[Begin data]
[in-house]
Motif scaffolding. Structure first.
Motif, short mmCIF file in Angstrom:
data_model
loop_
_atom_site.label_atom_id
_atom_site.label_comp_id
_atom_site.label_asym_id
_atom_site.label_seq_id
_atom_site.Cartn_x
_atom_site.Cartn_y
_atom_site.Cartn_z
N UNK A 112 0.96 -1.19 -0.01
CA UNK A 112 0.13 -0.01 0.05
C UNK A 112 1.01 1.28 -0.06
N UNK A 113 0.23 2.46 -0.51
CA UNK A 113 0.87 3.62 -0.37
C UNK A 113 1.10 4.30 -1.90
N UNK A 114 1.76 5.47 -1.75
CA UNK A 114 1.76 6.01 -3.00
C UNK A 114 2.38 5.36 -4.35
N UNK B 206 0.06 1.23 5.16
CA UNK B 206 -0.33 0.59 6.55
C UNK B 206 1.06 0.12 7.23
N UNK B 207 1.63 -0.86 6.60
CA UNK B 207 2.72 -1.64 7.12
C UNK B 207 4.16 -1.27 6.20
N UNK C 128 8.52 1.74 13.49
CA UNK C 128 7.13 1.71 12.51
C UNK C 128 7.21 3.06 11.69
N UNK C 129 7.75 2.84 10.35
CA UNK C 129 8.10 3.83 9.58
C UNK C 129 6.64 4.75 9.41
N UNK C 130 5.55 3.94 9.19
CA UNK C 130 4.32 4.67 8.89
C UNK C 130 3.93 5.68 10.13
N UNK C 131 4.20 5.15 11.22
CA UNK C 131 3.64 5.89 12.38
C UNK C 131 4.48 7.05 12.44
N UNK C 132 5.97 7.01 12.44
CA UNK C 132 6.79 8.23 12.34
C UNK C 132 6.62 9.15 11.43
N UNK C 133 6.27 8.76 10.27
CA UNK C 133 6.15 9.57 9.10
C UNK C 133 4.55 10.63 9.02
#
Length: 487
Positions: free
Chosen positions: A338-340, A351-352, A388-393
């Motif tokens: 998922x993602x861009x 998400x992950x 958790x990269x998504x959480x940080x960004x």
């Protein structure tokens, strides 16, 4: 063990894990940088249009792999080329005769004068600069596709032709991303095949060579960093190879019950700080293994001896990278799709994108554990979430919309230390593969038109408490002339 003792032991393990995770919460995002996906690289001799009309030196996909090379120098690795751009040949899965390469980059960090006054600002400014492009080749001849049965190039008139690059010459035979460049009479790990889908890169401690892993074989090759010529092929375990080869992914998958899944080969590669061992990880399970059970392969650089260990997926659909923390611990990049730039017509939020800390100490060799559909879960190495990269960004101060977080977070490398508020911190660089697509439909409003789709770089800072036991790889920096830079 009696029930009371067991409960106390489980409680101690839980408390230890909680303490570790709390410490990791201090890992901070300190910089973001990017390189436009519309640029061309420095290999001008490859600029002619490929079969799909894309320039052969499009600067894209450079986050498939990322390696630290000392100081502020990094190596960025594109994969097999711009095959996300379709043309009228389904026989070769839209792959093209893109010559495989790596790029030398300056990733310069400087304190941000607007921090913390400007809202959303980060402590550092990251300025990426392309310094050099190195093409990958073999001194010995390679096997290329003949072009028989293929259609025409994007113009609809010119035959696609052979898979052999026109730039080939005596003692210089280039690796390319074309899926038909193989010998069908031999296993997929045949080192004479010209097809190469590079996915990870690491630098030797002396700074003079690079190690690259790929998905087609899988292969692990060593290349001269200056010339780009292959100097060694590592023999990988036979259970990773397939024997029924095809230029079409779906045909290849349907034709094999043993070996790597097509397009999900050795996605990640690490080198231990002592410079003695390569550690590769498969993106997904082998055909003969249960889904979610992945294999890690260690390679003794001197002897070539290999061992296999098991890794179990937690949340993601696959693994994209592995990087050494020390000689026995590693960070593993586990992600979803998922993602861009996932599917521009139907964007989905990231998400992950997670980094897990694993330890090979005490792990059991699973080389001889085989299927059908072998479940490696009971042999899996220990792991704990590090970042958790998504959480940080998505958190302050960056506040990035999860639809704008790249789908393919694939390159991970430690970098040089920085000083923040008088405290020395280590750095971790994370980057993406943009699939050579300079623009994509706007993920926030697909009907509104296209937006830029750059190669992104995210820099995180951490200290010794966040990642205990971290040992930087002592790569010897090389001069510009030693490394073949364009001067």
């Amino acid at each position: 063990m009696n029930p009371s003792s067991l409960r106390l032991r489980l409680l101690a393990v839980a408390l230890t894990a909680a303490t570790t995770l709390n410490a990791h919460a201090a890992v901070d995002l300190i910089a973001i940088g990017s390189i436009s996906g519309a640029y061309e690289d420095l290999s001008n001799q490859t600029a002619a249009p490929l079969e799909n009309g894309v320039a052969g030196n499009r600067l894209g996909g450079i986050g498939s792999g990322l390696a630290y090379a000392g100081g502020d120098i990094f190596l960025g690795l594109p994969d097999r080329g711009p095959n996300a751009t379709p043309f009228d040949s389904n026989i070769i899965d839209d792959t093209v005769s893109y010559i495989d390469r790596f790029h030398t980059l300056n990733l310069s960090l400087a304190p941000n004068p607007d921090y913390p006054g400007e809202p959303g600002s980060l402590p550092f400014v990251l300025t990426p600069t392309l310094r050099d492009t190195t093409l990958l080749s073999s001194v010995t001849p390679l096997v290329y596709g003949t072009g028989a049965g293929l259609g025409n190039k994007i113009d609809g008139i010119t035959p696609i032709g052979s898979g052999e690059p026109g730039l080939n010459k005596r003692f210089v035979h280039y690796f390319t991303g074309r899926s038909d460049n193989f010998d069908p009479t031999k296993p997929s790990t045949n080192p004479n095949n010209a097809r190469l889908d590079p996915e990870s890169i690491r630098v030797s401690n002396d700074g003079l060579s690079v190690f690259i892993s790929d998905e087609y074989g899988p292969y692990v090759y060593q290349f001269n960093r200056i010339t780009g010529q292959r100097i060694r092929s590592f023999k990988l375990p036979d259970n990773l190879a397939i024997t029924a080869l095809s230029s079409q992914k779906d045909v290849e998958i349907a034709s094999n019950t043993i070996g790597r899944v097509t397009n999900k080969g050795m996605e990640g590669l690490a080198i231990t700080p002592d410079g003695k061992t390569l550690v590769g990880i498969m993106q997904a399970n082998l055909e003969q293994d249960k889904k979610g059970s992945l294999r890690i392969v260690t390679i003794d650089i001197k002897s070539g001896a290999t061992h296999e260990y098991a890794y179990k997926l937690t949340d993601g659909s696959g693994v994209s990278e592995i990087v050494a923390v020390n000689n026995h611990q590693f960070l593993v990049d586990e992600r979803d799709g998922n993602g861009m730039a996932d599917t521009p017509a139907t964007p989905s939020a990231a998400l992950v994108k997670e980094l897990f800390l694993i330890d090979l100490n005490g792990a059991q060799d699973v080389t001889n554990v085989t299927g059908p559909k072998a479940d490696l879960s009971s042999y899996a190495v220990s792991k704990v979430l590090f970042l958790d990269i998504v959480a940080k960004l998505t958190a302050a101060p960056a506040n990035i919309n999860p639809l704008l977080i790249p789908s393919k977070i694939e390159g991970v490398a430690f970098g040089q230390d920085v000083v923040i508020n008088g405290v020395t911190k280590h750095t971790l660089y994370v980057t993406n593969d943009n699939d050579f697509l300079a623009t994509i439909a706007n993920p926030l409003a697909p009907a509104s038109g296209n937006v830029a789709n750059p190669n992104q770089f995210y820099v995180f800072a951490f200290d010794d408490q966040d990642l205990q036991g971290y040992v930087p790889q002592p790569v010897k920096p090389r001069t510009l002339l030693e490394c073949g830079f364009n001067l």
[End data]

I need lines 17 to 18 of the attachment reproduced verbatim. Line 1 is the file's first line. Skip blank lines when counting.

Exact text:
CA UNK A 113 0.87 3.62 -0.37
C UNK A 113 1.10 4.30 -1.90